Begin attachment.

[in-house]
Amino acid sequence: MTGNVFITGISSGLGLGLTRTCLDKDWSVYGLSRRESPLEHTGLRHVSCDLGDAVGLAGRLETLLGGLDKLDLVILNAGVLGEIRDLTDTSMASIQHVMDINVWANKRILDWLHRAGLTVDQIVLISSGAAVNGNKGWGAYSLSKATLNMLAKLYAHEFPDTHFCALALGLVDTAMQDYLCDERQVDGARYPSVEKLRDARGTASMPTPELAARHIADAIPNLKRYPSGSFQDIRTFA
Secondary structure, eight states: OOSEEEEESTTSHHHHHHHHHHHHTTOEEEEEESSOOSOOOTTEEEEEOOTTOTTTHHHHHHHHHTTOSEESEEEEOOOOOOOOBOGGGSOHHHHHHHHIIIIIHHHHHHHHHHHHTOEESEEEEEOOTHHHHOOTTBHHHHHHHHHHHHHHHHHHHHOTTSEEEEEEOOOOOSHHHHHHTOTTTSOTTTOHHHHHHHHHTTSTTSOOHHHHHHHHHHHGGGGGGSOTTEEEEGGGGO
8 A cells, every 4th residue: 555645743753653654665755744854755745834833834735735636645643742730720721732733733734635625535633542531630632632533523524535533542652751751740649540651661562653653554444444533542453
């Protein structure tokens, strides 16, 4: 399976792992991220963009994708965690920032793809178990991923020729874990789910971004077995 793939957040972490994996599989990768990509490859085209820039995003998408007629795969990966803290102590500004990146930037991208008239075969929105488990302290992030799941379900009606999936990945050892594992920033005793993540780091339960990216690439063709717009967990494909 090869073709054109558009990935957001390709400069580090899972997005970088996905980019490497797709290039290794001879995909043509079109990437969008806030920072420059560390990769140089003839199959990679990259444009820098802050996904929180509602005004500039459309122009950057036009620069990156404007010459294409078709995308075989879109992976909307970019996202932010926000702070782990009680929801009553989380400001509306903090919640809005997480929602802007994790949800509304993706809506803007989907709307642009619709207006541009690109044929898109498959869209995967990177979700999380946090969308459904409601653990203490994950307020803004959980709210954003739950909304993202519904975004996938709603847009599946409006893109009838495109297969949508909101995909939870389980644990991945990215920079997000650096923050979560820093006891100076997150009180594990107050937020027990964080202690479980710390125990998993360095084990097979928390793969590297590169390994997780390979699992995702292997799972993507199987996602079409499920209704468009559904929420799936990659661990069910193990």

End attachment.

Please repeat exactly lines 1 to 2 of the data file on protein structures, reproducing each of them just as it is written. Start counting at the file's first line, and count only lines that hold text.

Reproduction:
[in-house]
Amino acid sequence: MTGNVFITGISSGLGLGLTRTCLDKDWSVYGLSRRESPLEHTGLRHVSCDLGDAVGLAGRLETLLGGLDKLDLVILNAGVLGEIRDLTDTSMASIQHVMDINVWANKRILDWLHRAGLTVDQIVLISSGAAVNGNKGWGAYSLSKATLNMLAKLYAHEFPDTHFCALALGLVDTAMQDYLCDERQVDGARYPSVEKLRDARGTASMPTPELAARHIADAIPNLKRYPSGSFQDIRTFA